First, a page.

Forget About The Apple Watch, Implantables Are Coming

Forget About The Apple Watch, Implantables Are Coming
7/31/2015 @ 11:37AM

That is right, the implantable. In the past decade of tech innovation, connectivity has been the name of the game. Call your friend in the middle of the night in Antarctica. Facetime with your sister on vacation in India. Talk about the movie you saw with friends in London. Anything is possible with the push of a button and now with the Apple Watch, you can do it all with the twist of a dial. But this is just the beginning of what Silicon Valley has in store for us in the name of connectivity. We’re about to enter the next level of high tech innovation – connecting with yourself.

And the most efficient and accurate way to do that is with the next wave of sensor based smart devices – those you can implant into your body. It might sound like something you’d see in a science fiction movie, but my prediction is that in the next three to five years, implantable devices will become about as normal as wearing the latest watch.

The movement into an era of implantables is already in full swing with wearables and attachables like FitBit. These are just the first generation of gadgets that go beyond monitoring and measuring your body movements. Startups like Thync are pushing the envelope with their neurosignaling patch that uses low voltage electrical currents to alter a person’s mood and energy. News of Google’s smart contact lens has the tech industry excited to see how they might monitor a person’s glucose levels or other vital signs with the technology. And these are just the daily applications. Developments in the world of healthcare are reaching new heights. Some devices are not only preventative, they can also improve conditions and even save lives.

A startup out of Sylmar, California has developed a bionic eye, or retinal implant that allows the blind to see. Companies like Proteus Digital Health are working on implantable “smart pills.” These smart pills work with Bluetooth to inform doctors and family members if a patient has taken his or her medicine. The problem of adherence – patients not taking their medicine as prescribed – costs the country nearly $300 billion annually, according to the Centers for Disease Control. Smart pills could help save lives, but they could also save money. That’s smart business. And it’s only the beginning.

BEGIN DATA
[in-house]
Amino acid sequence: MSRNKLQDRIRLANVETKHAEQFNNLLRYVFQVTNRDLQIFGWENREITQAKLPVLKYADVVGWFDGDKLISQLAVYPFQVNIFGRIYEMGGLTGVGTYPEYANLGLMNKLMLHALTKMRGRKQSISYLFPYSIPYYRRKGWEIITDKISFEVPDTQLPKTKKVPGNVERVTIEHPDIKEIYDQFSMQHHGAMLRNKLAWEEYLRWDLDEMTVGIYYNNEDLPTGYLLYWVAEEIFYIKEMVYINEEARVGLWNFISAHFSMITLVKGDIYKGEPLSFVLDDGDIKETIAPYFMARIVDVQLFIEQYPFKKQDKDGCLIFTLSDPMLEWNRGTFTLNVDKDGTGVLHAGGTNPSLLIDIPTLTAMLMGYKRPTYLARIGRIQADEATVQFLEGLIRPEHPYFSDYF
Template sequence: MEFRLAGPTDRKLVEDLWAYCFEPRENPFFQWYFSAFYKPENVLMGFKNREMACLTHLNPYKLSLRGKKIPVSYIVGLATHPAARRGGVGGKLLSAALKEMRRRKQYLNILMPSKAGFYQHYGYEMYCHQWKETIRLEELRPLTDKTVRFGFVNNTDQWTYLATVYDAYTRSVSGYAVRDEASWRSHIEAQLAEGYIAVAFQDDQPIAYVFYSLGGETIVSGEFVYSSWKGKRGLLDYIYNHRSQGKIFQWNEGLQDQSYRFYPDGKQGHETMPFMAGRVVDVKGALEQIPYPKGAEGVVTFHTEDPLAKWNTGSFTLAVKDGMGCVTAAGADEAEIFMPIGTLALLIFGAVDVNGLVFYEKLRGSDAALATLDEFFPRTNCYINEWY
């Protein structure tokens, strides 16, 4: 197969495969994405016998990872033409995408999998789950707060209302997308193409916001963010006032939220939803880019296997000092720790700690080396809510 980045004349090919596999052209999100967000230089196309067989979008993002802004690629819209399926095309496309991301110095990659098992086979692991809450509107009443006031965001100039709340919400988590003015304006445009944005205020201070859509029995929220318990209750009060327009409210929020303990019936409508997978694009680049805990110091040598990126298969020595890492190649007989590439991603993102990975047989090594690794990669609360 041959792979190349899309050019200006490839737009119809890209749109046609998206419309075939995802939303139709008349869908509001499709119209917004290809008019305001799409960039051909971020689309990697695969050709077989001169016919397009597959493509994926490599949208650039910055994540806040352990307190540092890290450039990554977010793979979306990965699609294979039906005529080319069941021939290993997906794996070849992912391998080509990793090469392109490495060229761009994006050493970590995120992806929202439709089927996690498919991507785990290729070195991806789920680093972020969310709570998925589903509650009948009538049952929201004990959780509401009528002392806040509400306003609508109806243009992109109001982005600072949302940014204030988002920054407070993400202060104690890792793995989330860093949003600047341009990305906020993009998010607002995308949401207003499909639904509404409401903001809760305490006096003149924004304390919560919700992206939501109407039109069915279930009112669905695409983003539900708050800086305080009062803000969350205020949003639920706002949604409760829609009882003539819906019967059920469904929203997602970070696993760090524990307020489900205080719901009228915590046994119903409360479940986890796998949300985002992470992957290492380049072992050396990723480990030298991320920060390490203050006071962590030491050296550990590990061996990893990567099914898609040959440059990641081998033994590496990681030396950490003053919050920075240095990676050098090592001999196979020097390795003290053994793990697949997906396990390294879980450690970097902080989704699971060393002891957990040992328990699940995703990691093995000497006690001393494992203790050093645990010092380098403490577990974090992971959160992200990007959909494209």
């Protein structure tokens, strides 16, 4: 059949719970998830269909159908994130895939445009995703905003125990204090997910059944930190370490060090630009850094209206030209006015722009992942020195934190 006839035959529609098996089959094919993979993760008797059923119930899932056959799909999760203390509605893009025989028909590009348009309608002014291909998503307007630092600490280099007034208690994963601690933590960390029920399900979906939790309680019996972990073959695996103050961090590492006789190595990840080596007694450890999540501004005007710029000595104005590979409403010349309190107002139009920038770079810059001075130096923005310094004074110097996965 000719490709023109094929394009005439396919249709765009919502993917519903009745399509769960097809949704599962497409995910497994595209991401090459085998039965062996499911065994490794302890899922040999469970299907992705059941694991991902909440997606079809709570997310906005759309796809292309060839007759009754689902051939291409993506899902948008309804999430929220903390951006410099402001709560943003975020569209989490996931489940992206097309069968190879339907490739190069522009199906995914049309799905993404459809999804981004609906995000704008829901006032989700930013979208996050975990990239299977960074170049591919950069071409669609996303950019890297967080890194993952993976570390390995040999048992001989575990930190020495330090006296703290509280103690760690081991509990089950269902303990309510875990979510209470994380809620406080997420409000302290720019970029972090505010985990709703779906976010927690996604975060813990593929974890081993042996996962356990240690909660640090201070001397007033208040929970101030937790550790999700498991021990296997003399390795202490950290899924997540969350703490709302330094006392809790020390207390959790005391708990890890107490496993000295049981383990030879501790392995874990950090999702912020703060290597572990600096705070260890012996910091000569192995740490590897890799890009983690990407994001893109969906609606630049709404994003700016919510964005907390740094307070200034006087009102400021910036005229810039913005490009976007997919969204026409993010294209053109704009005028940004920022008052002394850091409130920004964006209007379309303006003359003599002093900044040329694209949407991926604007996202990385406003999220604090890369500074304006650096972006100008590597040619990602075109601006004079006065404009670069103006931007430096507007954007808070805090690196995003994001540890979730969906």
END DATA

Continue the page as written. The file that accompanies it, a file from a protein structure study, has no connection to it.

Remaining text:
The federal government has also jumped on the bandwagon in support of new scientific discoveries. The White House’s “BRAIN” Initiative pulled together over $300 million in funding from technology firms, academic institutions and scientists to better understand the human mind – and affect it. They aim to find treatments for Alzheimer’s, schizophrenia, autism, depression and more. New brain implantables that use a wireless remote control to deliver drugs and light are already in the testing process. One such interface, the BATTELLE Neurolife, is designed to let the brain bypass the spinal cord. The smaller-than-a-pea sized chip was recently implanted into a quadriplegic’s brain. The device interprets his brain signals and works with an electrode stimulation sleeve that helps the patient move muscles.

Implantables can save lives, improve health, prevent diseases and even begin to make us superhuman. But with all great opportunities also comes increased risk and potential for harm. With implantables, the stakes are high. The data collected with implantable devices is so personal. So, the risk of hacking puts everyone associated with your business – investors, buyers and other businesses – on edge. In order to assuage their fears and prevent harm, security at every level must be airtight. Further, implantables require tremendous quality and safety controls to prevent a whole range of potential harm.

The pros and cons associated with each new innovation in implantables are significant. And the market is moving fast – there is a lot of opportunity. If you want to start a company in the space, I would encourage you to consider building one that mitigates the negative risks. You could address the need for quality controls and safeguards. Or, you could focus on the security, and build a business to protect consumers. As much as people will pay to improve and enhance their health, they will also pay to protect it. Let’s find solutions for the risks implantables bring, so we can fully enjoy the benefits.


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